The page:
On Thursday, President Donald Trump took a step to protect the health of the American people by requiring air passengers arriving from the United Kingdom to test negative, via PCR or antigen test, no more than 72 hours before departure from the U.K. to the United States.
The CDC said, “The public health authorities in the U.K. recently announced the discovery of a new variant of SARS-CoV-2. Viruses constantly change through mutation, and preliminary analysis in the U.K. suggests that this new variant may be up to 70% more transmissible than previously circulating variants.”
On March 14, Trump issued a presidential proclamation to suspend the entry of foreign nationals who visited the U.K. in the past 14 days. This has reduced air travel to the U.S. from the U.K. by about 90%. The CDC said, “This additional testing requirement will fortify our protection of the American public to improve their health and safety and ensure responsible international travel.”
“The order is consistent with existing CDC testing guidance plus the HHS, U.S. Department of Transportation, and Department of Homeland Security joint guidance in the “Runway to Recovery” document. This new order is consistent with the measures that have been taken so far to increase our ability to detect and contain COVID-19 proactively and aggressively.”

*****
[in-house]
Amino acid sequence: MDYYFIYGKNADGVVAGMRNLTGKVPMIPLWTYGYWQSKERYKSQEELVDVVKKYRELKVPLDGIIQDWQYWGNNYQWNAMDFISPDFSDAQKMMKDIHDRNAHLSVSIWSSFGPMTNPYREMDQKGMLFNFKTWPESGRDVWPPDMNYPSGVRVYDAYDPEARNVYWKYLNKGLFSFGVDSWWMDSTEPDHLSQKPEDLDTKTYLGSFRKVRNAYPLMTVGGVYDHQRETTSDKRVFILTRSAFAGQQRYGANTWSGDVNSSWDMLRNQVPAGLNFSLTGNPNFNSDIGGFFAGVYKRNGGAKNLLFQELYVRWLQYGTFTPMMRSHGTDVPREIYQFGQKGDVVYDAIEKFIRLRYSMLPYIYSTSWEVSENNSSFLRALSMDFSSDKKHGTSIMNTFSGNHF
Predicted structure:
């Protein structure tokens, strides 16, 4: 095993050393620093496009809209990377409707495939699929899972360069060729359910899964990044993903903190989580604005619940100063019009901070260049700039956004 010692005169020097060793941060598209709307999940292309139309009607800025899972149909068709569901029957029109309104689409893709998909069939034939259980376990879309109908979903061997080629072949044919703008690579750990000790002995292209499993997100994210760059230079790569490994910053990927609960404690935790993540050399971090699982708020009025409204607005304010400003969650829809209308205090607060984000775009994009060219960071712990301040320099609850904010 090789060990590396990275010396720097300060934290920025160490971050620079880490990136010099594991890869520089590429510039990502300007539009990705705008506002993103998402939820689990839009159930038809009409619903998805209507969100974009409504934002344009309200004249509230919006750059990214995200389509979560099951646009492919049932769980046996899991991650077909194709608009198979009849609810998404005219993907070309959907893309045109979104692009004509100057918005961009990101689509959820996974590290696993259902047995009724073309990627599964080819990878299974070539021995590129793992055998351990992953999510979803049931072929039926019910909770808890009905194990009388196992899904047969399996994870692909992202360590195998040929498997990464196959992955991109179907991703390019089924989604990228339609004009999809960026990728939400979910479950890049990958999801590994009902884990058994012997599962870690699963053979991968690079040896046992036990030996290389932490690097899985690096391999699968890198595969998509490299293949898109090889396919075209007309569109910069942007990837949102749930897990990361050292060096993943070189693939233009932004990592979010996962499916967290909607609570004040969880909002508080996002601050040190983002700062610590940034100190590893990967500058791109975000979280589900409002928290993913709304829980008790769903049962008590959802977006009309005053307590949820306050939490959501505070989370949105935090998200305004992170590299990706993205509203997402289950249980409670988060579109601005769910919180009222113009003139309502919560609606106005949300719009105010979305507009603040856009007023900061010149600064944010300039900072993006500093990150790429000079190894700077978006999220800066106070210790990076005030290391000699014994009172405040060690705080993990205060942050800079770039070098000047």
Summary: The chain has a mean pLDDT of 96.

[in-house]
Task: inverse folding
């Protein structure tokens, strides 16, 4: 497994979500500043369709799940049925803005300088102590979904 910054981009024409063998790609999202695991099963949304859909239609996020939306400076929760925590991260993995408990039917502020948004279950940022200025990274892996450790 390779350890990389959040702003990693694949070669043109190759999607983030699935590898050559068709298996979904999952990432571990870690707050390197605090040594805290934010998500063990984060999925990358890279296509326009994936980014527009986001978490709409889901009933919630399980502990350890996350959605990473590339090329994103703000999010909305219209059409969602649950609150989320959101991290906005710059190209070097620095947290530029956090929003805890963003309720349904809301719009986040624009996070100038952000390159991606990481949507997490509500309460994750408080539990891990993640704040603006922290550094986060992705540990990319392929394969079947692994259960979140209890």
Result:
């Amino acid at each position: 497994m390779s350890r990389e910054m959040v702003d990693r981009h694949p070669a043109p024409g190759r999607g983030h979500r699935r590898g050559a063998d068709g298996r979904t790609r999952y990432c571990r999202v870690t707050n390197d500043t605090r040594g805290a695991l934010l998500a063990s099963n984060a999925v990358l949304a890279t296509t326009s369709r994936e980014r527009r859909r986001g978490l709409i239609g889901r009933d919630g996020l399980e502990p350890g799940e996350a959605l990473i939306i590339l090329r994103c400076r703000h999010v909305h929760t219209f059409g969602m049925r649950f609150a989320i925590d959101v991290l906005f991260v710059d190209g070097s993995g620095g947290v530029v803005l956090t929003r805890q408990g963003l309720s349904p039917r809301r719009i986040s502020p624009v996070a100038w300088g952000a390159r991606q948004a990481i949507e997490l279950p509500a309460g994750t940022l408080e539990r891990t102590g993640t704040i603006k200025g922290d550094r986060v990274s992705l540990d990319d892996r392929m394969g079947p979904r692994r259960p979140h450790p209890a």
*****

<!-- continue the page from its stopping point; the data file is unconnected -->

Passengers are required to get a viral test (i.e., a test for current infection) within the three days before their flight from the U.K. to the U.S. departs, and provide written documentation of their laboratory test result (in hard copy or electronic) to the airline. Airlines must confirm the negative test result for all passengers before they board. If a passenger chooses not to take a test, the airline must deny boarding to the passenger.
This order was set to be signed by CDC Director Robert Redfield, M.D., on Friday, and will become effective on Monday.
In response to this action Gov. Andrew Cuomo said, "When British Prime Minister Boris Johnson announced the U.K. had discovered a new variant of the COVID virus that could be 70% more transmissible, it became clear just how dangerous it was that the U.S. government did not require travelers to obtain a negative test result before flying across the Atlantic.
"New York did everything it could within the limited authority it has over international flights, and within days we were able to convince British Airways, Delta and Virgin Atlantic to voluntarily test passengers before they left the U.K. I thank the airlines for their quick efforts.
"But testing travelers flying to just one out of 50 states was clearly not enough. I called for the federal government to reverse its policy and am glad to see that it has now done so. Testing people for COVID-19 before they get on planes is common sense. We cannot repeat the mistakes of the past, and we must continue to do everything we can to keep New Yorkers and Americans safe.